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"Leadership is the capacity to translate vision into reality," said Warren Bennis, an American scholar, organizational consultant, and author widely regarded as a pioneer of the contemporary field of Leadership studies. When it comes to the strategic management side of the business, it is the design and implementation of the Target Operating Model (TOM) that truly tests this translation.

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Flevy Management Insights: Target Operating Model


"Leadership is the capacity to translate vision into reality," said Warren Bennis, an American scholar, organizational consultant, and author widely regarded as a pioneer of the contemporary field of Leadership studies. When it comes to the strategic management side of the business, it is the design and implementation of the Target Operating Model (TOM) that truly tests this translation.

Understanding the Target Operating Model

The Target Operating Model is a key element of Organizational Strategy, which provides a clear view and agreement of how the company will operate to achieve its strategic objectives. It is a blueprint that shows the future state of the business operations across multiple dimensions, such as structure, process, technology and people, and establishes the guiding principles for designing the company's operating model.

Best Practices for Defining the TOM

The approach to designing the TOM should begin with a clear understanding of the company's Strategic Intent, and a commitment to pushing the boundaries of traditional Operational Excellence. The following practices have proven to be effective:

  1. Align the TOM closely with enterprise strategy to ensure it is not merely a series of logistical changes but a method of delivering Strategic Value.
  2. Identify differentiating capabilities that will give the company a competitive advantage, and ensure that these are central to the future operating model.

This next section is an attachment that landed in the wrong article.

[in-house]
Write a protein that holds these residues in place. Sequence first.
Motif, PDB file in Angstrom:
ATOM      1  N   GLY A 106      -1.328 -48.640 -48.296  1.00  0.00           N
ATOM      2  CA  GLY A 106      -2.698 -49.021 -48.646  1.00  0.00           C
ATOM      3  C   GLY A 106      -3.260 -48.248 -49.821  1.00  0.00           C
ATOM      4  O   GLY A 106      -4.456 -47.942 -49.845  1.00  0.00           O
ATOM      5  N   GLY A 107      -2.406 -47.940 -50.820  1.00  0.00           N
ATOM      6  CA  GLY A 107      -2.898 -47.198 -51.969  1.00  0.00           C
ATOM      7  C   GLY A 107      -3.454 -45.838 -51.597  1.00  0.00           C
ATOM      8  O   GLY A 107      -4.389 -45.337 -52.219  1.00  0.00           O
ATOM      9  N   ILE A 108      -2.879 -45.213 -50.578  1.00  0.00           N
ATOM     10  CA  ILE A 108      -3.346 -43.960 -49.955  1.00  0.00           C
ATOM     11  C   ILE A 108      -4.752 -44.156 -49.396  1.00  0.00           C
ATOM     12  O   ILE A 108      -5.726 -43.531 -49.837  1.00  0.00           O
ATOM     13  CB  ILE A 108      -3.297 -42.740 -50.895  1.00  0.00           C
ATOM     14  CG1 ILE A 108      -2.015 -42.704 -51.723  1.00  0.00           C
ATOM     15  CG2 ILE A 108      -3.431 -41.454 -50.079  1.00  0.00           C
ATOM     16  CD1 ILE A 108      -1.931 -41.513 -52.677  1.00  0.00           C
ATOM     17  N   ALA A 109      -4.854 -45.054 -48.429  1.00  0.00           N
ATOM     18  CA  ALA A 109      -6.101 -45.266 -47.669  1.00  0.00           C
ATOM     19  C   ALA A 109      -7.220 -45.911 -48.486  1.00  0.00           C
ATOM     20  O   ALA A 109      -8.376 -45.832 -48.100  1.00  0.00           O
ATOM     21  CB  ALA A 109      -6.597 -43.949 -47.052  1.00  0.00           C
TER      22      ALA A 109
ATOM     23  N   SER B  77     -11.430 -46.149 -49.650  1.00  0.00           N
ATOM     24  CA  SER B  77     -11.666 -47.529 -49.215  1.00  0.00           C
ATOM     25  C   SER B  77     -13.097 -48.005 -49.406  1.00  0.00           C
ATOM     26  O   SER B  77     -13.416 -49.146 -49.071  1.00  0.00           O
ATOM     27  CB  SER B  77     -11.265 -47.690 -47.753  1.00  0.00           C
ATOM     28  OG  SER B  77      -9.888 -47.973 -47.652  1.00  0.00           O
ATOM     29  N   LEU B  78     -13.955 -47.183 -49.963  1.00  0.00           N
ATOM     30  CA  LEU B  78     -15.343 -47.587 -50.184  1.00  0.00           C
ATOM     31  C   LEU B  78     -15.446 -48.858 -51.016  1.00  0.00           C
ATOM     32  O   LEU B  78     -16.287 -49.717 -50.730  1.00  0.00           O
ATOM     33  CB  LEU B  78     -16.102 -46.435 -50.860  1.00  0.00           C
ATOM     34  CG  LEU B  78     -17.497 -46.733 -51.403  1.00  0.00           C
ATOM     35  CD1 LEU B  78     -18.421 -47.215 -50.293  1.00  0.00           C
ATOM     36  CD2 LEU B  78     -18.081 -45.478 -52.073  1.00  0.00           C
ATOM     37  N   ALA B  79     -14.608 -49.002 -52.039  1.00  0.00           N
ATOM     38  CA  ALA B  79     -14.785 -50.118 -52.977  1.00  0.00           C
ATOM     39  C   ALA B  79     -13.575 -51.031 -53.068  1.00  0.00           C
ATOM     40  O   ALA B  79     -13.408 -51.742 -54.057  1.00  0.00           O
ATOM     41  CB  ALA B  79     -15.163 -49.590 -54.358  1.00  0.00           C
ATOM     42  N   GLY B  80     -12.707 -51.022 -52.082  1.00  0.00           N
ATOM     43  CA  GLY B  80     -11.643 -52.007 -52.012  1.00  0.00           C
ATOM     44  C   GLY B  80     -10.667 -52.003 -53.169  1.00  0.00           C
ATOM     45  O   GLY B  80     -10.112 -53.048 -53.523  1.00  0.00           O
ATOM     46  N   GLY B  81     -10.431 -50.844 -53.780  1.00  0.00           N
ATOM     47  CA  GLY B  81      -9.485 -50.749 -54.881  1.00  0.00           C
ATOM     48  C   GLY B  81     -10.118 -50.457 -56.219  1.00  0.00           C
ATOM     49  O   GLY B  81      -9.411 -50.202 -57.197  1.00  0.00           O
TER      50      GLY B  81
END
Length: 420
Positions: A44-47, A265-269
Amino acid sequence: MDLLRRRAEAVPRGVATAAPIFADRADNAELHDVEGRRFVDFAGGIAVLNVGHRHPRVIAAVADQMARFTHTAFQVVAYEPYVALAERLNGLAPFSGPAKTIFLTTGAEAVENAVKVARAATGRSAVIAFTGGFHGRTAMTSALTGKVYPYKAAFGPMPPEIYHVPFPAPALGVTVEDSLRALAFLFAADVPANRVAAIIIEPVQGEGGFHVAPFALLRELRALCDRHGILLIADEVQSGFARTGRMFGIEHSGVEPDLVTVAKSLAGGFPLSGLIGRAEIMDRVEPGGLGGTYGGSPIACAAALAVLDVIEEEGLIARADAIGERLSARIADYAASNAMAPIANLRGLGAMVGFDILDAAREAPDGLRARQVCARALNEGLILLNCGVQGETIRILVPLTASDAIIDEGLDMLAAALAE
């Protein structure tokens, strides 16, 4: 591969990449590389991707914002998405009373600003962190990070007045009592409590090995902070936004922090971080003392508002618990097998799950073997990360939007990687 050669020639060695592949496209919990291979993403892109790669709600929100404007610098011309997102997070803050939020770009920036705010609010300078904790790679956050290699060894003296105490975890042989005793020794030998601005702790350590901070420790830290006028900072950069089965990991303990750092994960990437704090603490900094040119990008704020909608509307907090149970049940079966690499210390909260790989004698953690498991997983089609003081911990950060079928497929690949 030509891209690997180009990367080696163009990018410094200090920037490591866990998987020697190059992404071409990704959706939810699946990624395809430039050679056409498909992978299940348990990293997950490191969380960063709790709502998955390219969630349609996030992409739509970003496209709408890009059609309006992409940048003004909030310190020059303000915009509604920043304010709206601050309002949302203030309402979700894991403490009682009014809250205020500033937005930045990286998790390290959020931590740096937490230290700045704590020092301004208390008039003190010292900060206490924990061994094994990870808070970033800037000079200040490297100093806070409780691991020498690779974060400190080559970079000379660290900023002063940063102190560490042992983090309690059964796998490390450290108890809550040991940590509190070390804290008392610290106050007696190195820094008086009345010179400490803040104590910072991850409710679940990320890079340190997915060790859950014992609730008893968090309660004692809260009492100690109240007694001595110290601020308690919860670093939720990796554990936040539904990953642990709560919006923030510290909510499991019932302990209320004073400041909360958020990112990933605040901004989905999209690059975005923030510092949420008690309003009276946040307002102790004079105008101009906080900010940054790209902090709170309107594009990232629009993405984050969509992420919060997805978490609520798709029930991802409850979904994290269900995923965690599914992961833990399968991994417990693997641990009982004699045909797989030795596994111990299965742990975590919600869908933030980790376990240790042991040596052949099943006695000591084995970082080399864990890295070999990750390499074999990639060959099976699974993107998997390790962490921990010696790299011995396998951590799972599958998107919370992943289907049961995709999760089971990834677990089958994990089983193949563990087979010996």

3. Consider Customer Experience and journey in designing the TOM, to ensure that operational changes enhance, rather than detract from, the customer's perspective.
  4. Use robust Project Management and Change Management processes to manage the transition to the new Operating Model.

Unique Insights into TOM Design

One of the key principles in designing a TOM is to aim for 'fit-for-purpose' rather than 'best-in-class'. A fit-for-purpose operating model does not necessarily copy the best in the industry, but instead is best for the organization's specific strategy and context. Additionally, it’s crucial to recognize that the TOM is a dynamic model and should evolve with the changing needs and strategies of the business.

The Role of Digital Transformation in the TOM

A critical aspect of any Target Operating Model is the role of Digital Transformation. As companies integrate digital technologies into all areas of their business, the TOM must reflect these changes, harnessing the power of technology to improve efficiencies and drive competitive advantage. This includes the integration of Artificial Intelligence and Advanced Analytics into business decision-making processes, and leveraging cloud computing for increased agility and scalability.

Strategic Risk Management in TOM Design

Any change in the operating model of a company entails significant risks, and the design and implementation of a Target Operating Model are no exceptions. Therefore, incorporating Strategic Risk Management into the process of designing a TOM is crucial to anticipate and manage potential risks.

This can include risks related to people—such as resistance to change or loss of key staff; processes—such as business disruption during the transition; technology—such as cyber threats or technology obsolescence; and structural—such as loss of economies of scale or scope with the new model. Thoughtful risk management can not only reduce potential impacts but also create opportunities for Performance Management and competitive advantage.

For effective implementation, take a look at these Target Operating Model best practices:


Explore related management topics: Digital Transformation Operational Excellence Change Management Customer Experience Artificial Intelligence Performance Management Risk Management Competitive Advantage Project Management Continuous Improvement M&A (Mergers & Acquisitions) Kanban Board PMI (Post-merger Integration)




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